Almost everyone thinks about starting a business at some point. The thought may enter your mind when you come up with an ingenious way to stop your ice cream cone from dripping, or when you get a job and realize you want more control over your work, or when you hear about the multi-billionaires of the world and start fantasizing about making your own riches.
Whatever your motivation, if you’re going to start one, there’s an ideal time to do it — while you’re still in your 20s and 30s. Why is that?
1. Long-term potential returns. First, imagine for a moment that you’ve built a successful business. It’s profitable, stable, and generates a nice six-figure salary for you. Assume that this setup can continue indefinitely, and that you enjoy the work. Wouldn’t you want to reap the rewards of this setup for as long as possible? If so, it pays to start your business as early as possible. Yes, it’s an optimistic scenario, but it’s an achievable one, even if it takes you two or three tries to build a successful enterprise. The bottom line is, the more time you can spend as an entrepreneur, the better long-term returns you’re going to see.
2. Risk tolerance. Let’s face it — not all startups are going to make it. You need to be realistic about this, regardless of your age. Starting a business demands a lot of upfront investment, in both time and money, and you’ll bear significant risk, both in your finances and in your current or “backup” career. Just like in financial markets, the younger you are, the better you’re going to be able to tolerate that risk; you’ll have fewer responsibilities, fewer commitments, and much more time to make up any losses you incur. Therefore, starting a business as early as possible mitigates your potential losses.
3. Energy and motivation. It takes a lot of work to run a startup, too. Don’t forget that. Though not written in stone, it’s a general rule that younger professionals have more energy, motivation, and enthusiasm than older generations. You may be a youthful spirit for the next several decades, but the thing is, you can’t know for sure. What seems like a solid “maybe” idea now may become a “no way” idea in 10 years, and the work you’d throw yourself into now may be work you’d avoid at all costs next decade. Every year, your energy and motivation will decline. Take advantage of them while you have them.
4. Adaptability. Younger people tend to be more adaptable. A part of the reason is that they’ve had a shorter amount of time to be exposed to the norms and rules of the professional world, and are less committed to those entrenched ideals. A bigger part of the reason has to do with our unique technological age; we face major technological disruptions on a regular basis, and the only way for companies to survive is to adapt and integrate these new technologies. In your 20s and 30s, you’ll stand a better chance of recognizing and incorporating these new technologies quickly (and as you get older, the rate of development for these technologies will grow even faster). Start a business while you’re more nimble, and you’ll brave even more volatile waters.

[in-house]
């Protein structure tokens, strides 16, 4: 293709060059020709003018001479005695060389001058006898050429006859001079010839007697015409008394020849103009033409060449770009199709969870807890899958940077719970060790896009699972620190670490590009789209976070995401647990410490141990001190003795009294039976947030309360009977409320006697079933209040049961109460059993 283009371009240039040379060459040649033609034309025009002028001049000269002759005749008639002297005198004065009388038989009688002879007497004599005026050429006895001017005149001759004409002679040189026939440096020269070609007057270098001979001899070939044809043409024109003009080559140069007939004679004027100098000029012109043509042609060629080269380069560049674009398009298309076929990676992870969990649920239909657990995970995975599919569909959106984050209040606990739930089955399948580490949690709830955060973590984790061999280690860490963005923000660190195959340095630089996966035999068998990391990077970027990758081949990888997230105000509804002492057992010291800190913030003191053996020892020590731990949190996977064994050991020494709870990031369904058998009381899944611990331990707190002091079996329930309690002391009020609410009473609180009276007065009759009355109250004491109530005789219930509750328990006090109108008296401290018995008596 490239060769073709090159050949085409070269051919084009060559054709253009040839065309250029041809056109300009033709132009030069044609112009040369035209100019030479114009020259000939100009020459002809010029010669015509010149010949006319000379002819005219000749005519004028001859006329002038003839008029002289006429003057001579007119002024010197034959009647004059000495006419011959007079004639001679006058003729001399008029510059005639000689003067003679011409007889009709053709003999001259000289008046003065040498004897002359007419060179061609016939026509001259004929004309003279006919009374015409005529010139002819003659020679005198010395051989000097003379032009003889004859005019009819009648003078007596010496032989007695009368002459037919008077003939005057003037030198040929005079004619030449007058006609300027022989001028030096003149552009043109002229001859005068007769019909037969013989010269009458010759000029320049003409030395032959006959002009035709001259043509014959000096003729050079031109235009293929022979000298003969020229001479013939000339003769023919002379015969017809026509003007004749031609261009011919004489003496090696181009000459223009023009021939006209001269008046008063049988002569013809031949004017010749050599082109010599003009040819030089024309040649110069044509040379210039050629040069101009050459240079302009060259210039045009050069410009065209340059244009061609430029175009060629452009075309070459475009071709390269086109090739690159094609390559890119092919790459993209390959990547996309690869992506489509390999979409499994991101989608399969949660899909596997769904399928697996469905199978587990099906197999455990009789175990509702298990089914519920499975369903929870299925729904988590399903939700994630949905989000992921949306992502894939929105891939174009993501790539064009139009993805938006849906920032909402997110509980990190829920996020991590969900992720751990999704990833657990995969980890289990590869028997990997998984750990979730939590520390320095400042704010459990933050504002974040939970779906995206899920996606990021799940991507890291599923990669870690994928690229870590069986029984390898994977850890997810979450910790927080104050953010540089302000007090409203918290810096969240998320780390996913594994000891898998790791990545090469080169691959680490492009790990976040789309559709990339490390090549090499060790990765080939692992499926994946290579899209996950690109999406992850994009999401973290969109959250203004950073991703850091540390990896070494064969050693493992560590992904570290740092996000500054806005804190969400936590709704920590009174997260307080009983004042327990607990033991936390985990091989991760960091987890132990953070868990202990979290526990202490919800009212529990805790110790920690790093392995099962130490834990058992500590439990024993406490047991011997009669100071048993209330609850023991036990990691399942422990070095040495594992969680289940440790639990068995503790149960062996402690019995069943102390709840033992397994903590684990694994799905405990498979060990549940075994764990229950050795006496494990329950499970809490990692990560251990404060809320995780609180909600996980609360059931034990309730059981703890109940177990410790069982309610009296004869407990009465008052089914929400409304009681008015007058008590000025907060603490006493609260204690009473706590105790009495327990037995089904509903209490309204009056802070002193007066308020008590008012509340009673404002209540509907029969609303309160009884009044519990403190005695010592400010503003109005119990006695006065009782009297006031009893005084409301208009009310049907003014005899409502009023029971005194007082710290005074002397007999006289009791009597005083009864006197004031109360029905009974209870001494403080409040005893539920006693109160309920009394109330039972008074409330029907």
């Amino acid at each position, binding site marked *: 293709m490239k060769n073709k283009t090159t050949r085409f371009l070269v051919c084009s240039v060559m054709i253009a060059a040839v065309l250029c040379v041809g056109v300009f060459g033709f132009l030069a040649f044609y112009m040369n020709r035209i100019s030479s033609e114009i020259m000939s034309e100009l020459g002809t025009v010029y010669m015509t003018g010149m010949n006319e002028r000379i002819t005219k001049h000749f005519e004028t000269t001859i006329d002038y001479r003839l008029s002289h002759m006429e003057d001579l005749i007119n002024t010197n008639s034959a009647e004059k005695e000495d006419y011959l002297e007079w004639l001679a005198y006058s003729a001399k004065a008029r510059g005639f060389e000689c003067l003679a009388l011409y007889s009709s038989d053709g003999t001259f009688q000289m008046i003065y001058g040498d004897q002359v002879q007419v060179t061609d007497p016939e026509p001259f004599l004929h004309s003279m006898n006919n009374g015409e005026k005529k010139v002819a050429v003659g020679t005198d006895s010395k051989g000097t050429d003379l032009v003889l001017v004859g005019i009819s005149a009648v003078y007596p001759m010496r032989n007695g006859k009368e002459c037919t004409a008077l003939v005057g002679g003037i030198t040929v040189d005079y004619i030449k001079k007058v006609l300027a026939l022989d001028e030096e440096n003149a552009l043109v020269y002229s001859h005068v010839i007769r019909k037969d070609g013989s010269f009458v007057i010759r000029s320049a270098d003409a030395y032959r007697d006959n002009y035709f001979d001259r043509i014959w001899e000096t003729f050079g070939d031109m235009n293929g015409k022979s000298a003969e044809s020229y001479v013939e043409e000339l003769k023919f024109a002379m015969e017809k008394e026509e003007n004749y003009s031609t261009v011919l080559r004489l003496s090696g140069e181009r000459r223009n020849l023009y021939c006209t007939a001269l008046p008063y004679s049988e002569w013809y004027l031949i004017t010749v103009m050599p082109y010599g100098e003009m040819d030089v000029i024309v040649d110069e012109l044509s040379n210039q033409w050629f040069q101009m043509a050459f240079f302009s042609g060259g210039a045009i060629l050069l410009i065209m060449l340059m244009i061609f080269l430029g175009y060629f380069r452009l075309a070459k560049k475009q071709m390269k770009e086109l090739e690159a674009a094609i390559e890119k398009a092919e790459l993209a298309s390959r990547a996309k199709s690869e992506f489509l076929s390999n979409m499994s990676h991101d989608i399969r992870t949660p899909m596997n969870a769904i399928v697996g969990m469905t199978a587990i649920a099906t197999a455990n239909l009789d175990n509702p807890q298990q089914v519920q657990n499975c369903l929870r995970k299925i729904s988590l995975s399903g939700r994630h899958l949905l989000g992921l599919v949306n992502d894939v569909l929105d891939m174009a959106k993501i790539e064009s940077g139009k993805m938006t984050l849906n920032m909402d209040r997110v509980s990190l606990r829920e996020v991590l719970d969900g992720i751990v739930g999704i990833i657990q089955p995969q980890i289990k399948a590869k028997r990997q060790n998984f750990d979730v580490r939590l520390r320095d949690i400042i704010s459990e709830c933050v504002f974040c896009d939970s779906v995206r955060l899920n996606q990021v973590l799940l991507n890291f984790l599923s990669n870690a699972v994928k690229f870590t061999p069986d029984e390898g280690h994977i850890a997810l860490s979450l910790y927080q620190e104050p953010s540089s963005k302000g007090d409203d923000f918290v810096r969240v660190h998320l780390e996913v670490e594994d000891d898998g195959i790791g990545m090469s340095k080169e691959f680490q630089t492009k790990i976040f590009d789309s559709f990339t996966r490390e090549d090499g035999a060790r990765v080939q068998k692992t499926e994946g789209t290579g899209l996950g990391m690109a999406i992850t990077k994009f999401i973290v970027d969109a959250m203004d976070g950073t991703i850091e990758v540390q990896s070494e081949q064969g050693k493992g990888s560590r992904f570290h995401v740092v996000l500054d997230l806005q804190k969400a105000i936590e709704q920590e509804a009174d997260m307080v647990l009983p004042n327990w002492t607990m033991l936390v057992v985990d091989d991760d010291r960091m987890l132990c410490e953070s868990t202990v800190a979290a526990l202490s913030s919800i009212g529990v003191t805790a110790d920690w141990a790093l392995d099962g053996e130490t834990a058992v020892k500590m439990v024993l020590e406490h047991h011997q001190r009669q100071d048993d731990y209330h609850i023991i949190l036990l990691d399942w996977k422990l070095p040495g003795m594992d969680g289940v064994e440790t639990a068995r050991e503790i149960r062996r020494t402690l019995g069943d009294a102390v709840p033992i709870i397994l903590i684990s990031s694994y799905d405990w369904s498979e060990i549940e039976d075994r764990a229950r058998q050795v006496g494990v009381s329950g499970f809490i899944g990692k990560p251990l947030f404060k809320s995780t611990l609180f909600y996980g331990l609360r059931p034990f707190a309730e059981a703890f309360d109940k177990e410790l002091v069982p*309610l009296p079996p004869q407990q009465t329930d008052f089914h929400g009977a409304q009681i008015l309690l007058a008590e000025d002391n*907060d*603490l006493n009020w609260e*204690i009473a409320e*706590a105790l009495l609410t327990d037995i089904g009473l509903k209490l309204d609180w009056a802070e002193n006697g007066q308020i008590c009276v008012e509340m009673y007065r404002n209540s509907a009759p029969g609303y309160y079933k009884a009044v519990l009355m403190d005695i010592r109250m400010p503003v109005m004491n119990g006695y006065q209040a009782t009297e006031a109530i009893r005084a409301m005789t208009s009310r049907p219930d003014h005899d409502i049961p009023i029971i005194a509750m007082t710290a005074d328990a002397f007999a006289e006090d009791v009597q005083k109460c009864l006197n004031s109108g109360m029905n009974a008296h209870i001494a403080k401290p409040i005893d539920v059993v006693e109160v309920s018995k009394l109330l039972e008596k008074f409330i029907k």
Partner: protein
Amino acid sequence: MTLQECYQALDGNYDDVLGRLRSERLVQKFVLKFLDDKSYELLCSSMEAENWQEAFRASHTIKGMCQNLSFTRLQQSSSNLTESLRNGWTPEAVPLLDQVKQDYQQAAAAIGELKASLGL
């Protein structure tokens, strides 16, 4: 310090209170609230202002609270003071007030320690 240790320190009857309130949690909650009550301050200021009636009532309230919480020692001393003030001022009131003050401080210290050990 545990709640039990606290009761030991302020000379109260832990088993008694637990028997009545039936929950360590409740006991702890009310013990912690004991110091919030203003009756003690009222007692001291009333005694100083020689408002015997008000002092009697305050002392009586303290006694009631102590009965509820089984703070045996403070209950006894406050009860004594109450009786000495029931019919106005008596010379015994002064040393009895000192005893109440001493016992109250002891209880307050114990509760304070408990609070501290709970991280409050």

5. Serial entrepreneurship. Most entrepreneurs who truly love entrepreneurship end up starting multiple businesses, becoming serial entrepreneurs in their own right; it’s as if they were born to be entrepreneurs. And for the most part, every new business they start is better than the last, thanks to their previous experience, new contacts, and broader perspectives. Starting your first business when you’re in your 20s or 30s sets you up for a longer period of time to start even more businesses; essentially, you’ll be maximizing the potential experience you can gain, and greatly increasing the number of businesses you can start. Don’t throw away that potential by waiting around.
None of these reasons are meant to imply that you can only start a business when you’re in your 20s and 30s, or that if you’re in your 40s or over, you’ve missed the boat. On the contrary, older entrepreneurs often carry more experience and decision making abilities, and are extremely capable of building effective businesses. However, the unique blend of advantages that younger adults have make it a highly strategic time to start up a business.
If you’re in your 20s or 30s, and the thought of entrepreneurship has entered your mind more than once, don’t write it off as a pipe dream. Dig into some research, explore your ideas, and make the most of your youth by pouring your energy into a business. No matter how it turns out, you’ll be glad you did.
For more content like this, be sure to check out my podcast, The Entrepreneur Cast!